Now With More Than 3600 Reviews! Go Nuts - Read 'Em All!!

WELCOME! Use the search engines on this site (or your own off-site engine of choice) to gain easy access to the complete MAKSQUIBS Archive; over 3600 posts and counting. (New posts added every day or so.)

You can check on all our titles by typing the Title, Director, Actor or 'Keyword' of your choice in the Search Engine of your choice (include the phrase MAKSQUIBS) or just use the BLOGGER Search Box at the top left corner of the page.

Feel free to place comments directly on any of the film posts and to test your film knowledge with the CONTESTS scattered here & there. (Hey! No Googling allowed. They're pretty easy.)

Send E-mails to . (Let us know if the TRANSLATE WIDGET works!) Or use the Profile Page or Comments link for contact.

Thanks for stopping by.

Monday, December 16, 2013


This Warners programmer tries for that ripped-from-the-headlines mojo, but comes off half-baked. Bette Davis and Charles Farrell (on loan from Fox and slipping) run a little drug store that’s being squeezed on one side by a big chain operation that wants to buy them out and on the other by a mob-owned beer company that doesn’t have the quality product needed to survive in the post-Prohibition marketplace. What a headache for its wise guy entrepreneur Ricardo Cortez! But when he gets fast relief from one of Farrell’s mock-up headache powders, he lures the mug to sign on as his chemical counterfeiter. Farrell can make the goods while Cortez & his gang flood the market with his knock-off cosmetics & drugs, labeled just like the real McCoy. That’s a swell set up for an early ‘30s pic (heck, it’s still a good idea), but no one does much with it. Nicely shot by Sid Hickox, if only the script didn’t pretty much drop Davis after the first act (Glenda Farrell, as Cortez's moll, gets more to do), leaving that other Farrell to whine about his bad decisions before getting off scot-free at the finish. Still, it’s worth watching just to see Davis react to a bashful customer too timid to buy what was once called a ‘French Envelope.’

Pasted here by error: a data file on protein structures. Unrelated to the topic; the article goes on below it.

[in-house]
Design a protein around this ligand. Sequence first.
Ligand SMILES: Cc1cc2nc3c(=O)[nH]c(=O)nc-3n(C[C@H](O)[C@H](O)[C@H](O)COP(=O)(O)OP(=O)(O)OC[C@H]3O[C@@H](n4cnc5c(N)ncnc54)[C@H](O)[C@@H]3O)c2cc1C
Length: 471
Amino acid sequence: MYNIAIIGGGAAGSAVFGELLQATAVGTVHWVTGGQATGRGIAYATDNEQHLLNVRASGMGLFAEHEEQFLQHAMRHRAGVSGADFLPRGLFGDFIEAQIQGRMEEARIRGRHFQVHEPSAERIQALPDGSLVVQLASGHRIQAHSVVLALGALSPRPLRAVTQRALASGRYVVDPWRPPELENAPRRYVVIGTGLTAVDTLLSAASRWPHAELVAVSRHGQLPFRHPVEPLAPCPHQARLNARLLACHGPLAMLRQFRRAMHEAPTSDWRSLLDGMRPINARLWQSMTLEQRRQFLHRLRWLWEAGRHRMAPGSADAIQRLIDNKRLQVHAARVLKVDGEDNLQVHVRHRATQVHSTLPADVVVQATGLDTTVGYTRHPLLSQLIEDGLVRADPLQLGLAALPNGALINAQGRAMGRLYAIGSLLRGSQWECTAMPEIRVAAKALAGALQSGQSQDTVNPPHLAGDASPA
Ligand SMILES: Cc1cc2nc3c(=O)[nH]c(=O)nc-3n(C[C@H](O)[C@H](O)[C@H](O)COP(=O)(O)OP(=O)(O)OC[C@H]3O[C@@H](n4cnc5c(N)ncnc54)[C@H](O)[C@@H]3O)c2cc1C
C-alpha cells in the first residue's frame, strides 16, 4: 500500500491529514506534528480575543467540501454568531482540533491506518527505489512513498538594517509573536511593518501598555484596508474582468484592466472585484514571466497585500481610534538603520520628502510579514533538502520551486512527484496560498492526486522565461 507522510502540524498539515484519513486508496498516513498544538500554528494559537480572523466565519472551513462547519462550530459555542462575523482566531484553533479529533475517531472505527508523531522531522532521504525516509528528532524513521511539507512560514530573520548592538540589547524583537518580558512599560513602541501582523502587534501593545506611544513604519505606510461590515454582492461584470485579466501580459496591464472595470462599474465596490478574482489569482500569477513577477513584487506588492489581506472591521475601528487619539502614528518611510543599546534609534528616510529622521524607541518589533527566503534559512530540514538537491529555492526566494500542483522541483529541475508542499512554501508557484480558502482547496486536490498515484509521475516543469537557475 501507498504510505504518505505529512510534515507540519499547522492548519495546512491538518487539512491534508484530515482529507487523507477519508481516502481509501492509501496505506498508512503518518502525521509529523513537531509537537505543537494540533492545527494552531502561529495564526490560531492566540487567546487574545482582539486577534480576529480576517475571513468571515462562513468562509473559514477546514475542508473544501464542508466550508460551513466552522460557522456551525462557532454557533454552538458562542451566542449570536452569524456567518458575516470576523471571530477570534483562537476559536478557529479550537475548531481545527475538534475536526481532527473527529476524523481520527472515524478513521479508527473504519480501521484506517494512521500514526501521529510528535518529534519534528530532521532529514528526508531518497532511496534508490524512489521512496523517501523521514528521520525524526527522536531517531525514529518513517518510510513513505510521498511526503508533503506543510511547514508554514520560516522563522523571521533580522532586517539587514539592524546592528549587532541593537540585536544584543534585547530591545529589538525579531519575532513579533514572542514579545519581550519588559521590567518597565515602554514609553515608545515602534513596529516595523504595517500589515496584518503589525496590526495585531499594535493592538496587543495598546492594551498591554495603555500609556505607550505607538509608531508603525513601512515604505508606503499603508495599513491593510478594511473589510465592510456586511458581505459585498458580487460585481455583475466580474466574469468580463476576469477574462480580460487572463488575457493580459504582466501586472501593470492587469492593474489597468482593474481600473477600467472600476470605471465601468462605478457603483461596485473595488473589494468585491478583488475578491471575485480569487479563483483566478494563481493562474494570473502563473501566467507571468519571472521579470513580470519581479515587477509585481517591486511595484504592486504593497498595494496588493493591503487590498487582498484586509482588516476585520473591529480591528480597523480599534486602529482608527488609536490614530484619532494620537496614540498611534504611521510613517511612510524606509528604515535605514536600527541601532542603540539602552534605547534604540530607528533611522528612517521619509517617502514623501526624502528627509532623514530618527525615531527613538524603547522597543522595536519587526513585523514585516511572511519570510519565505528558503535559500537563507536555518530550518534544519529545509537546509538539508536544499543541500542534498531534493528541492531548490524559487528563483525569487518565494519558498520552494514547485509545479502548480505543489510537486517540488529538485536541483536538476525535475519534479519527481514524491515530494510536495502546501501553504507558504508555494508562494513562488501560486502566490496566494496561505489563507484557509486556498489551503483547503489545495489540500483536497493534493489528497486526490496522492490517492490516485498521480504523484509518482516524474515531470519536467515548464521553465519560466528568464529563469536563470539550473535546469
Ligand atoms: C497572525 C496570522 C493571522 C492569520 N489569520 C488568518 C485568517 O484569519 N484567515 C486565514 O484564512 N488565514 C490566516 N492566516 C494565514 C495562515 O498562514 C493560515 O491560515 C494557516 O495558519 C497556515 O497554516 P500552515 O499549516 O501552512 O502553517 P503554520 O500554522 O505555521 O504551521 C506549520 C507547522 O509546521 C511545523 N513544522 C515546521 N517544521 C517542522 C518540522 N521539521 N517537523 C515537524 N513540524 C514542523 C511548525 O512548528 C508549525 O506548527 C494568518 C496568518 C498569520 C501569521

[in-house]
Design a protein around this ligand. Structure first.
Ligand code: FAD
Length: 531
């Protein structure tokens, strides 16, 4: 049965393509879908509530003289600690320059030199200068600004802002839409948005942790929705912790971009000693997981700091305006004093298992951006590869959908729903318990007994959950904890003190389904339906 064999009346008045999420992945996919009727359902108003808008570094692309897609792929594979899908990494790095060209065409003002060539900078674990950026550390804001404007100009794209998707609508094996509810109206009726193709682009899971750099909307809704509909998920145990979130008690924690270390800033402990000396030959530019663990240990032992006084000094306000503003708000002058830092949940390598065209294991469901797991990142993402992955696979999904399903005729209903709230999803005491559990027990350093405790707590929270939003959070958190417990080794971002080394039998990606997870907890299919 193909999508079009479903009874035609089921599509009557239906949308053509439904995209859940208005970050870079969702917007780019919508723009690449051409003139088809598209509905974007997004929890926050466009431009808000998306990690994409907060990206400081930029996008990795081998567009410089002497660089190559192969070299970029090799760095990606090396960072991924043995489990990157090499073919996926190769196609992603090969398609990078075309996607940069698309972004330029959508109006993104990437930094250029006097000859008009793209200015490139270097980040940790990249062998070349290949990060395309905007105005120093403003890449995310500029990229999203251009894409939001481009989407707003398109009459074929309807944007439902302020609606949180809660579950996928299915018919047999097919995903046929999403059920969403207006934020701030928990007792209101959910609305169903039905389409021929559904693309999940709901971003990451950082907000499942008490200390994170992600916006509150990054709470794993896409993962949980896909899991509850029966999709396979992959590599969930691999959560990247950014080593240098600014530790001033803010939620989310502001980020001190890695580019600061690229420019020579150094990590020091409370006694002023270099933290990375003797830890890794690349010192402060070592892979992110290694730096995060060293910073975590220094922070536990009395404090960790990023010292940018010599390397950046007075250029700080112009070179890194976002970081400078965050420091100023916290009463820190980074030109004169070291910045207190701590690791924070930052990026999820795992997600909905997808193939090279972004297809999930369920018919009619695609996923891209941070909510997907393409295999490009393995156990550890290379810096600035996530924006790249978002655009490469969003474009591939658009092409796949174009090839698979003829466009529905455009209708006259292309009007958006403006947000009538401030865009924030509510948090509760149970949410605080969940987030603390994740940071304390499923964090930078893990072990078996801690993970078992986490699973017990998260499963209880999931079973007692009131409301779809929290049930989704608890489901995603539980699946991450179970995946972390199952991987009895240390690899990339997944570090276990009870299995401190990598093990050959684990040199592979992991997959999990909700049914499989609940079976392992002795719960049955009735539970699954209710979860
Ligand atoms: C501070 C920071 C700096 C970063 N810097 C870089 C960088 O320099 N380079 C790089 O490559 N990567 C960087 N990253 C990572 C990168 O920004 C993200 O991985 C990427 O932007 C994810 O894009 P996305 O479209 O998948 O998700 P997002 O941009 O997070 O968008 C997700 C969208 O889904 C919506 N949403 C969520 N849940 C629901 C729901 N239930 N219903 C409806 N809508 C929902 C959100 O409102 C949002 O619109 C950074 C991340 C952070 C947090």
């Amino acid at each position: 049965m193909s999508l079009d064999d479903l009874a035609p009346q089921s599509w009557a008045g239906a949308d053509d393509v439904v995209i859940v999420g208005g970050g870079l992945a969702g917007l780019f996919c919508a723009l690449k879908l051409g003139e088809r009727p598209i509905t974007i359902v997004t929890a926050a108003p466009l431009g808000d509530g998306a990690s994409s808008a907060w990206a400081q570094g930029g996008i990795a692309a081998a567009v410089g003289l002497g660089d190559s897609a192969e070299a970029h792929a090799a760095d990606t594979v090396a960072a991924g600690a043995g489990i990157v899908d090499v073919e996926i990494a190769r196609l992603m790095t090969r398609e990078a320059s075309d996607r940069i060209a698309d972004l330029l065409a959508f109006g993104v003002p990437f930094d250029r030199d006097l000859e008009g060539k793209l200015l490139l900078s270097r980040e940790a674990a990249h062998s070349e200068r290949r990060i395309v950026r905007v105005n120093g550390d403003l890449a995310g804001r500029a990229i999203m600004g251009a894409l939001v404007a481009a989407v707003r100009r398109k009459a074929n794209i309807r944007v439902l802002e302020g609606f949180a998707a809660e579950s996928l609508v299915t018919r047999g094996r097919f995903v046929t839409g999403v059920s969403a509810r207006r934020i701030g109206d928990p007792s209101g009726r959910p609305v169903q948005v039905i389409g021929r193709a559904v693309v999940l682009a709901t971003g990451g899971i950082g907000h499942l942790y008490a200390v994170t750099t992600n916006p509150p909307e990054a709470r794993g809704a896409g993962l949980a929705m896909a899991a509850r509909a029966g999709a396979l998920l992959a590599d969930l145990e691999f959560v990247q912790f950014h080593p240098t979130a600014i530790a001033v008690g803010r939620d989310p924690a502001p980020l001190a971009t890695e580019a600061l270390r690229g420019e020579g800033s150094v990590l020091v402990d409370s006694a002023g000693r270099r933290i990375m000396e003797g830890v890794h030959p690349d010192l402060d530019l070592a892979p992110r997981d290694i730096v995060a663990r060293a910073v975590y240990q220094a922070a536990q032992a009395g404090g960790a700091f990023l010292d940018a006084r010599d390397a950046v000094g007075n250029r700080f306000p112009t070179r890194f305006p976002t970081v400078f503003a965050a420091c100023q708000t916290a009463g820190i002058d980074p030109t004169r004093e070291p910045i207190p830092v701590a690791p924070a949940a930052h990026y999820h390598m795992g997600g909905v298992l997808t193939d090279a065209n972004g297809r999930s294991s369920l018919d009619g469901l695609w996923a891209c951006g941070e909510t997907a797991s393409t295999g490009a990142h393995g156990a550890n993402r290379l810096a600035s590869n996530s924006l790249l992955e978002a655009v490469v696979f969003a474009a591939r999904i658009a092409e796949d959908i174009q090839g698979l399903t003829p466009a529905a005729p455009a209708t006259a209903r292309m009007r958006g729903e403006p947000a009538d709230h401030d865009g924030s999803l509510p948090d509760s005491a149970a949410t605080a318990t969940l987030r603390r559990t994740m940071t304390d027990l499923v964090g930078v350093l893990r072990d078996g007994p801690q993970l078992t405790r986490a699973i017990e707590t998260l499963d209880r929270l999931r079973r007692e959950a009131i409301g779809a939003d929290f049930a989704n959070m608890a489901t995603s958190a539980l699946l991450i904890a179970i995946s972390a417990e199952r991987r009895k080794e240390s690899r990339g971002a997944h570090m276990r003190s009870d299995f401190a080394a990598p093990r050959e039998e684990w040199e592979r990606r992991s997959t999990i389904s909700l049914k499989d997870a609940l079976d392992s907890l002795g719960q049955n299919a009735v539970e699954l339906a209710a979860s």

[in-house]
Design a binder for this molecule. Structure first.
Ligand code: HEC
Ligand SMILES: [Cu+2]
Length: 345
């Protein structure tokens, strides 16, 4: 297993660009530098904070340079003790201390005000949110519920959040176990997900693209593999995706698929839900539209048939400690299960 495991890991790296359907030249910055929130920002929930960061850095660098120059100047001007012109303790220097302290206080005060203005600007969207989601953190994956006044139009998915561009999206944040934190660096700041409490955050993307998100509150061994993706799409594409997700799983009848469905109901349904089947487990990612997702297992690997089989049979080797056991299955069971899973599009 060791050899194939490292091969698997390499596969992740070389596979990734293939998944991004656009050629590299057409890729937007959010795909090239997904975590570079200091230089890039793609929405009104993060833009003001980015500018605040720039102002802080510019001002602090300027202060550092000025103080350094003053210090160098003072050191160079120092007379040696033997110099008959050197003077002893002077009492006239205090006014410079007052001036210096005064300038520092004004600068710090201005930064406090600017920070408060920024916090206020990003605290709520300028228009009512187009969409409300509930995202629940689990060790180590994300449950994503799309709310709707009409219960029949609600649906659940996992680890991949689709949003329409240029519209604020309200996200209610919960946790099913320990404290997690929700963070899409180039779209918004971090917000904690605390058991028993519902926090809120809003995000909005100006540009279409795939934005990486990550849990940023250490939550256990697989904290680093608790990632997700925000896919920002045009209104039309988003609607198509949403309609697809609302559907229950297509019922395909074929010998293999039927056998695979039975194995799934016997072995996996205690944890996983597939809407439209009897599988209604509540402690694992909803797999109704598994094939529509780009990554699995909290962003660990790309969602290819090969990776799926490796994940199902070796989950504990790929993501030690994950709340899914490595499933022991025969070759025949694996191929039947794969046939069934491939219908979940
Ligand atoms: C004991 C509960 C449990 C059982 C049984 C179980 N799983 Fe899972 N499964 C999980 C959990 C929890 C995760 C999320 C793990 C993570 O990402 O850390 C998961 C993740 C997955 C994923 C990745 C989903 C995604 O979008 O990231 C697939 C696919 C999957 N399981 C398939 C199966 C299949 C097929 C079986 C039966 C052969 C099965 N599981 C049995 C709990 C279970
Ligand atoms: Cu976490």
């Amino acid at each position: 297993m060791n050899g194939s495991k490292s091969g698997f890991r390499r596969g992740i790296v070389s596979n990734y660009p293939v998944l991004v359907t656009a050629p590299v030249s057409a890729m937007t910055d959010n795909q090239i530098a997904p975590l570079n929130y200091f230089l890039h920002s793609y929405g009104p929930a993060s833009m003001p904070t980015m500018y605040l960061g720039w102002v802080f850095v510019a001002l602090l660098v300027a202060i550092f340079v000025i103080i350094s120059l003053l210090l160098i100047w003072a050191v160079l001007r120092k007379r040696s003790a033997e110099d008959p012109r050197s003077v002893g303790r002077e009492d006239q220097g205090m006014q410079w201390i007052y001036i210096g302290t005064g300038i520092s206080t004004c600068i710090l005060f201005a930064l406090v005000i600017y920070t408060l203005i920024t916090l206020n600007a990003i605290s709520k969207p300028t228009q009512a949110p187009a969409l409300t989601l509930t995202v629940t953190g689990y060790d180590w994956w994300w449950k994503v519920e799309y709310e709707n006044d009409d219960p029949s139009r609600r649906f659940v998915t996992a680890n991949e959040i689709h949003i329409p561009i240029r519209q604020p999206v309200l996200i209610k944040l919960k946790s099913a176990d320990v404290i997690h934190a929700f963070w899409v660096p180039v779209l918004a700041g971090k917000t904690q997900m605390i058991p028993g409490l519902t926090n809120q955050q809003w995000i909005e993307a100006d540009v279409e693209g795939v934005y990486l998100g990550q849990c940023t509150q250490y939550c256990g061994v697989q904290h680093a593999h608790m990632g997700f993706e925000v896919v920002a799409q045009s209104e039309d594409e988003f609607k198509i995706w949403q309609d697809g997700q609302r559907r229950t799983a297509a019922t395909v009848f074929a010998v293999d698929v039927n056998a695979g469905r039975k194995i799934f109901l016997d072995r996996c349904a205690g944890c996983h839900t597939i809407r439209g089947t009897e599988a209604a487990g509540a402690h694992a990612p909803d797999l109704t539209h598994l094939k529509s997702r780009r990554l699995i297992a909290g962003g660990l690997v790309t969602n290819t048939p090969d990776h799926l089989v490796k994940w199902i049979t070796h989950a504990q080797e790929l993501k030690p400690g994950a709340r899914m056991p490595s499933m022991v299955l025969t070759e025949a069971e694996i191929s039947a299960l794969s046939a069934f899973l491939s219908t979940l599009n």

No comments: